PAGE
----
So there’s no one course into it you can take. I would say be a good writer first, obviously, you can’t be a writer without being a writer. But play lots of games, understand games, and try not to come at it just from a writer’s standpoint, but understand a bit about design and the way games are constructed. Listen to what level design guys and art design guys talk about, producers and directors, understand how they do their job because ultimately if you want to be a games writer you are going to have to interface and mesh with these people. So if you have an idea of what it’s like to walk a mile in their shoes, you can do your job a little better.
How did you get started in the games industry?
Purely by accident. I’ve been a games fan all my life and I love playing video games, I stay up way to late playing them all the time. I was actually doing some work for a magazine where I just happened to be covering a preview of a game release and one of the guys working on this game was actually using some material I’d written. He’d no idea that I’d actually written it. He said ‘We’re using this source material’ and I said ‘Really? I wrote that!’ ‘Really? We should probably hire you then!’ and that was it, I kind of stumbled into it. And once the opportunity came to get involved behind the curtain with games writing I thought this is something I really want to do.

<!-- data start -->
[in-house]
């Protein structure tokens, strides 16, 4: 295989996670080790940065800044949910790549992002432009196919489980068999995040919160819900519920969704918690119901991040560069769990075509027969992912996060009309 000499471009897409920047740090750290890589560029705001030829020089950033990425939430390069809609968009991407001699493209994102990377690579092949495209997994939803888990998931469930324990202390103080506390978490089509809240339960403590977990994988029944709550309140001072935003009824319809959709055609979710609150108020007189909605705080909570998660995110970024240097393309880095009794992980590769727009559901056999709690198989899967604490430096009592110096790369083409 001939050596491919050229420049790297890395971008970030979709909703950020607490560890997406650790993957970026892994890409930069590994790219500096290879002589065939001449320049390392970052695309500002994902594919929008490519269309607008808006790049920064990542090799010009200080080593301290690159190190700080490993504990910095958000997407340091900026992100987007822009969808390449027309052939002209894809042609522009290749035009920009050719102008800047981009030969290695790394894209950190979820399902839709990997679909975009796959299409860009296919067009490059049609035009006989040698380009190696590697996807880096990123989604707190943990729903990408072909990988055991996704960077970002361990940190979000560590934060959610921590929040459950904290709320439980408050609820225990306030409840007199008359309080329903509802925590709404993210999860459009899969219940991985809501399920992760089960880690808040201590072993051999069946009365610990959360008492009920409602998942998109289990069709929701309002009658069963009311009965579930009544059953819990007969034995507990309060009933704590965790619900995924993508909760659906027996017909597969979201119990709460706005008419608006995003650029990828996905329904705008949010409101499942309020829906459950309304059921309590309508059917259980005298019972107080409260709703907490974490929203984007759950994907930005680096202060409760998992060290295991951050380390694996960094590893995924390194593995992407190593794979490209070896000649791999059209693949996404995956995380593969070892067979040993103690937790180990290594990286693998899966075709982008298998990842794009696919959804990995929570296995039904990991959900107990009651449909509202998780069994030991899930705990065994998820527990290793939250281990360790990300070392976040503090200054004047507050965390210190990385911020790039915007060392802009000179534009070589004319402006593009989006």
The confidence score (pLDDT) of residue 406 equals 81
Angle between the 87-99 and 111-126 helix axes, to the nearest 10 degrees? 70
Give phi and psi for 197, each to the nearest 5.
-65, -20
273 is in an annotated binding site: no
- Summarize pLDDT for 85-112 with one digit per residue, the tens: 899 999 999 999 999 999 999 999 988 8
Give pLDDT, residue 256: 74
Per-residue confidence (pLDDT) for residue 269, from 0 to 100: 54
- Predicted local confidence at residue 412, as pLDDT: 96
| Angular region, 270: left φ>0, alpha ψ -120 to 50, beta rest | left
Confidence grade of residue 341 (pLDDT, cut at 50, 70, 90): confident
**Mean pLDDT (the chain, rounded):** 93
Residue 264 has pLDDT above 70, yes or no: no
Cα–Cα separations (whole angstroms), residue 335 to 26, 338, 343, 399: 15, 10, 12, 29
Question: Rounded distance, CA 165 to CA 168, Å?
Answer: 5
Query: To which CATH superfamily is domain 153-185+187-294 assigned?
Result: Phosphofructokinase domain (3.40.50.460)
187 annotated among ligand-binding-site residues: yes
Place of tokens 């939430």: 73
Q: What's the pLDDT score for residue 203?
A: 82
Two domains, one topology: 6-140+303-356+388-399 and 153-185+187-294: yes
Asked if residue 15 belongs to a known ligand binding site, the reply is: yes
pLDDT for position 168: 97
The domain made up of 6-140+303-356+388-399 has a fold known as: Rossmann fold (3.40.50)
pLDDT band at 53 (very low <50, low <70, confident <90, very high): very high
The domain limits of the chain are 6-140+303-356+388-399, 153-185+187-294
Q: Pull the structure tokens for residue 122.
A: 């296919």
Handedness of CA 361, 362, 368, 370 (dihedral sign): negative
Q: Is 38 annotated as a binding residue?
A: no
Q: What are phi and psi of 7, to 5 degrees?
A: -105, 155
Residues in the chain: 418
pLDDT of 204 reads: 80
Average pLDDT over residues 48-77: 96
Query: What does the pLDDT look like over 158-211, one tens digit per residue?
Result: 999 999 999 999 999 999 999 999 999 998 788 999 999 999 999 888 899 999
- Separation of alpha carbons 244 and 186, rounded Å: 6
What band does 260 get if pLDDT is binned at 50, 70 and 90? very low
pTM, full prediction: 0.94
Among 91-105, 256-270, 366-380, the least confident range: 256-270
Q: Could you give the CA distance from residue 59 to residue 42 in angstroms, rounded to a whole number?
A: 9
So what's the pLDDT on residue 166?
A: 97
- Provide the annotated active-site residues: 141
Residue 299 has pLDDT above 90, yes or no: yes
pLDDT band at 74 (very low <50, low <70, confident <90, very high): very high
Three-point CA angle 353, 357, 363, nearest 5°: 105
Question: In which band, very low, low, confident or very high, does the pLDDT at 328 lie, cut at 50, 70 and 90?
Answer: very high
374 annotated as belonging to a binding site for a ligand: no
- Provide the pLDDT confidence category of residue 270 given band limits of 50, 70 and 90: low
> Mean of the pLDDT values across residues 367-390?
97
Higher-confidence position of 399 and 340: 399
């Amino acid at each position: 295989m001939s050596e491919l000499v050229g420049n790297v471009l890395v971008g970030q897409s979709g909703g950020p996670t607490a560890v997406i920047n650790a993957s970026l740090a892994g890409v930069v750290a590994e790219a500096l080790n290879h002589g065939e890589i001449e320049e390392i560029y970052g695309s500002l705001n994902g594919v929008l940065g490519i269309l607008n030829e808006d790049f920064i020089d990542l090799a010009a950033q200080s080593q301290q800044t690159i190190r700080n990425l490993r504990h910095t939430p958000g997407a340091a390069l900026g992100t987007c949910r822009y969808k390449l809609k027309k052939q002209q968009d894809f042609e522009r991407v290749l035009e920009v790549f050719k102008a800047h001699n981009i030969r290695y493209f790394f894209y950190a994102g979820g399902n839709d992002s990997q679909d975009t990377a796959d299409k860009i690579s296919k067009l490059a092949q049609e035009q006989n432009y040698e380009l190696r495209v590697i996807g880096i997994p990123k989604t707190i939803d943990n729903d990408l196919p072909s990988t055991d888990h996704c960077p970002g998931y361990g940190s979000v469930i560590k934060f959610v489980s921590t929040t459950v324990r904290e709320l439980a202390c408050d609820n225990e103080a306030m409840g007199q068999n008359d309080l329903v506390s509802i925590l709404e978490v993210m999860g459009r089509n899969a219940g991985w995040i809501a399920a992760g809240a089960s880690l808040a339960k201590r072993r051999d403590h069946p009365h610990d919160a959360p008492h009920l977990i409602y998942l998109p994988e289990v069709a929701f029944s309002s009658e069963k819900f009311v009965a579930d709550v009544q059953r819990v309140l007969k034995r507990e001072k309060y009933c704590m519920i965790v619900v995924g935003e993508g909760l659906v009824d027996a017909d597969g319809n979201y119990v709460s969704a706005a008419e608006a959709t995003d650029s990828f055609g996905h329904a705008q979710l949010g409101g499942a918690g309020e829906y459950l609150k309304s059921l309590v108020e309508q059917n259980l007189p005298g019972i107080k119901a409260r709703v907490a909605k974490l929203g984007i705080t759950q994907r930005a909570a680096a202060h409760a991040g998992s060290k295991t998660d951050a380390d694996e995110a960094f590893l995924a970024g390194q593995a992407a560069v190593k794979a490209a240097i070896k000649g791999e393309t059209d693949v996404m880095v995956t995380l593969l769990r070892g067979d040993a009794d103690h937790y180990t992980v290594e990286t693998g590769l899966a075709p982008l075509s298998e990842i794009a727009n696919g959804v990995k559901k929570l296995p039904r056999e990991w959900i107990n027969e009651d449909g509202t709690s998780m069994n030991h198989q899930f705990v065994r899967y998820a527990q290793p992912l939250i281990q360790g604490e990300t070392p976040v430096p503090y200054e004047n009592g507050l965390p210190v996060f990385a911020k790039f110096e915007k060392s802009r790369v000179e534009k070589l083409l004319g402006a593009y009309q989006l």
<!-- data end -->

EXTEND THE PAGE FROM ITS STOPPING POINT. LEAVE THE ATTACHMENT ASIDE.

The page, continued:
Since then, for about the last 10 or 12 years now I’ve been working on one or two game projects a year as well as doing prose and script writing. It’s great fun, such a fantastic medium to be working with. It’s really rich for a storyteller because it’s so new and dynamic and I’m fond of saying this: there are no maps for these territories. What we’re doing is breaking new ground and a new way of telling story. I mean, who would not want to be involved in a new way of expressing your medium.
So people who want to get involved in the games industry, with games writing, what advice would you give to them in order to get that critical first step in?
Definitely get yourself a good grounding in writing and don’t be afraid to work in a games project perhaps in a facility that might not involve being a games writer, like working in QA Testing. That’s always the sharp end of anybody, working in QA which is unforgiving grunt work but there’s no way you’re not going to learn about games other than that job. If you’re going to take that job, that’ll be what teaches you the most about the way that games work and the way games don’t work. I think it’s very important to play a lot of games to understand games and to understand narrative. If you can get those two things, you’re o n the road to becoming somebody who can write good game story.
Anything else you’d like to add about anything you’ve spoken about?
I’m really pleased with the way people have taken to Deus Ex: Human Revolution. Four years of my life went into working on that. I’m fiercely proud of it; it is without doubt the best games project I’ve worked on in my entire career because the story was really respected on that game and I’ve just really enjoyed being part of it. I want to thank everyone who bought a copy of it and I hoped they all enjoyed it!
Thanks for your time James.
Part 1 of the Train2Game interview with games writer James Swallow is available here.
For more information, go to www.train2game.com